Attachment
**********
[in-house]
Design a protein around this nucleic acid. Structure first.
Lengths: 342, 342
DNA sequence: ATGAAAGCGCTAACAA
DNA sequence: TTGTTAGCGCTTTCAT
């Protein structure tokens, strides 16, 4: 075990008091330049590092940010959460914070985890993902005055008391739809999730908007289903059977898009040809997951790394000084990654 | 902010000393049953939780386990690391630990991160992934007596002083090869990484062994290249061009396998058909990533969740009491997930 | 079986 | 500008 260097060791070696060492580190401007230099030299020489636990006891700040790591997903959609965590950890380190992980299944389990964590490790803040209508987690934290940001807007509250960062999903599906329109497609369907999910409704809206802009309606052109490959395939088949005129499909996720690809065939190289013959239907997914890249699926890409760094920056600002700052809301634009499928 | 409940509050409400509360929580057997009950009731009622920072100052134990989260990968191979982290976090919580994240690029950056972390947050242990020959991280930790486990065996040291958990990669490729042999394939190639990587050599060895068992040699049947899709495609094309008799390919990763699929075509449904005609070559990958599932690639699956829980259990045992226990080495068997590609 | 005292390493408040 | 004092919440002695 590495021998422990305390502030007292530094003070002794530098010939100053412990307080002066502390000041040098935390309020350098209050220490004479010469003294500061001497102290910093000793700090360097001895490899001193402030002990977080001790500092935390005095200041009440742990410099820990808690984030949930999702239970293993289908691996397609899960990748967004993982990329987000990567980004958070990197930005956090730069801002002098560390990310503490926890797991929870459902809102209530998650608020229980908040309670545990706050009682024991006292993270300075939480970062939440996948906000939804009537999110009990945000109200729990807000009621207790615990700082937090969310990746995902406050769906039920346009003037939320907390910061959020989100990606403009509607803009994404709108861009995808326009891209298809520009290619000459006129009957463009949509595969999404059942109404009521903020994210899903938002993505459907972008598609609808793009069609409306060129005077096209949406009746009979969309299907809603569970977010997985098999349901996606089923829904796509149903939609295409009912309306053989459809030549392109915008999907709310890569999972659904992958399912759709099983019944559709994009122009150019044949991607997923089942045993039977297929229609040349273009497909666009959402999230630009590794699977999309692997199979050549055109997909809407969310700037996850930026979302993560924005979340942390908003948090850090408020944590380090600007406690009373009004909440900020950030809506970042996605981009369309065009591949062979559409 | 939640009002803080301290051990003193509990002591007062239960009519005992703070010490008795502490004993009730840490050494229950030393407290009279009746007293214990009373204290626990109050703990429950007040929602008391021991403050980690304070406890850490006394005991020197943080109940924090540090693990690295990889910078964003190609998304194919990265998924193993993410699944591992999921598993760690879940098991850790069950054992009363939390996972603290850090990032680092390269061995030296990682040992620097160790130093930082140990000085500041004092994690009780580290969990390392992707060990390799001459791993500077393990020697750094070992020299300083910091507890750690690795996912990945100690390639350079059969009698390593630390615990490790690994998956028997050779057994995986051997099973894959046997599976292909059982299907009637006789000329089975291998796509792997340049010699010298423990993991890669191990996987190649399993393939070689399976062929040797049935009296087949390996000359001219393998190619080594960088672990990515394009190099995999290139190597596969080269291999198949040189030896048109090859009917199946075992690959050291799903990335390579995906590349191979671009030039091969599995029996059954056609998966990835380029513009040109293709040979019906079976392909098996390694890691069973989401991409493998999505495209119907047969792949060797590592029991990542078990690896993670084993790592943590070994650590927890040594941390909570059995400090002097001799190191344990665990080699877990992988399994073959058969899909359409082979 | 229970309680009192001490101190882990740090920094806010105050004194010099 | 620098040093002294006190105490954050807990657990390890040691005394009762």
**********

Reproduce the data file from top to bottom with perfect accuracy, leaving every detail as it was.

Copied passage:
[in-house]
Design a protein around this nucleic acid. Structure first.
Lengths: 342, 342
DNA sequence: ATGAAAGCGCTAACAA
DNA sequence: TTGTTAGCGCTTTCAT
């Protein structure tokens, strides 16, 4: 075990008091330049590092940010959460914070985890993902005055008391739809999730908007289903059977898009040809997951790394000084990654 | 902010000393049953939780386990690391630990991160992934007596002083090869990484062994290249061009396998058909990533969740009491997930 | 079986 | 500008 260097060791070696060492580190401007230099030299020489636990006891700040790591997903959609965590950890380190992980299944389990964590490790803040209508987690934290940001807007509250960062999903599906329109497609369907999910409704809206802009309606052109490959395939088949005129499909996720690809065939190289013959239907997914890249699926890409760094920056600002700052809301634009499928 | 409940509050409400509360929580057997009950009731009622920072100052134990989260990968191979982290976090919580994240690029950056972390947050242990020959991280930790486990065996040291958990990669490729042999394939190639990587050599060895068992040699049947899709495609094309008799390919990763699929075509449904005609070559990958599932690639699956829980259990045992226990080495068997590609 | 005292390493408040 | 004092919440002695 590495021998422990305390502030007292530094003070002794530098010939100053412990307080002066502390000041040098935390309020350098209050220490004479010469003294500061001497102290910093000793700090360097001895490899001193402030002990977080001790500092935390005095200041009440742990410099820990808690984030949930999702239970293993289908691996397609899960990748967004993982990329987000990567980004958070990197930005956090730069801002002098560390990310503490926890797991929870459902809102209530998650608020229980908040309670545990706050009682024991006292993270300075939480970062939440996948906000939804009537999110009990945000109200729990807000009621207790615990700082937090969310990746995902406050769906039920346009003037939320907390910061959020989100990606403009509607803009994404709108861009995808326009891209298809520009290619000459006129009957463009949509595969999404059942109404009521903020994210899903938002993505459907972008598609609808793009069609409306060129005077096209949406009746009979969309299907809603569970977010997985098999349901996606089923829904796509149903939609295409009912309306053989459809030549392109915008999907709310890569999972659904992958399912759709099983019944559709994009122009150019044949991607997923089942045993039977297929229609040349273009497909666009959402999230630009590794699977999309692997199979050549055109997909809407969310700037996850930026979302993560924005979340942390908003948090850090408020944590380090600007406690009373009004909440900020950030809506970042996605981009369309065009591949062979559409 | 939640009002803080301290051990003193509990002591007062239960009519005992703070010490008795502490004993009730840490050494229950030393407290009279009746007293214990009373204290626990109050703990429950007040929602008391021991403050980690304070406890850490006394005991020197943080109940924090540090693990690295990889910078964003190609998304194919990265998924193993993410699944591992999921598993760690879940098991850790069950054992009363939390996972603290850090990032680092390269061995030296990682040992620097160790130093930082140990000085500041004092994690009780580290969990390392992707060990390799001459791993500077393990020697750094070992020299300083910091507890750690690795996912990945100690390639350079059969009698390593630390615990490790690994998956028997050779057994995986051997099973894959046997599976292909059982299907009637006789000329089975291998796509792997340049010699010298423990993991890669191990996987190649399993393939070689399976062929040797049935009296087949390996000359001219393998190619080594960088672990990515394009190099995999290139190597596969080269291999198949040189030896048109090859009917199946075992690959050291799903990335390579995906590349191979671009030039091969599995029996059954056609998966990835380029513009040109293709040979019906079976392909098996390694890691069973989401991409493998999505495209119907047969792949060797590592029991990542078990690896993670084993790592943590070994650590927890040594941390909570059995400090002097001799190191344990665990080699877990992988399994073959058969899909359409082979 | 229970309680009192001490101190882990740090920094806010105050004194010099 | 620098040093002294006190105490954050807990657990390890040691005394009762």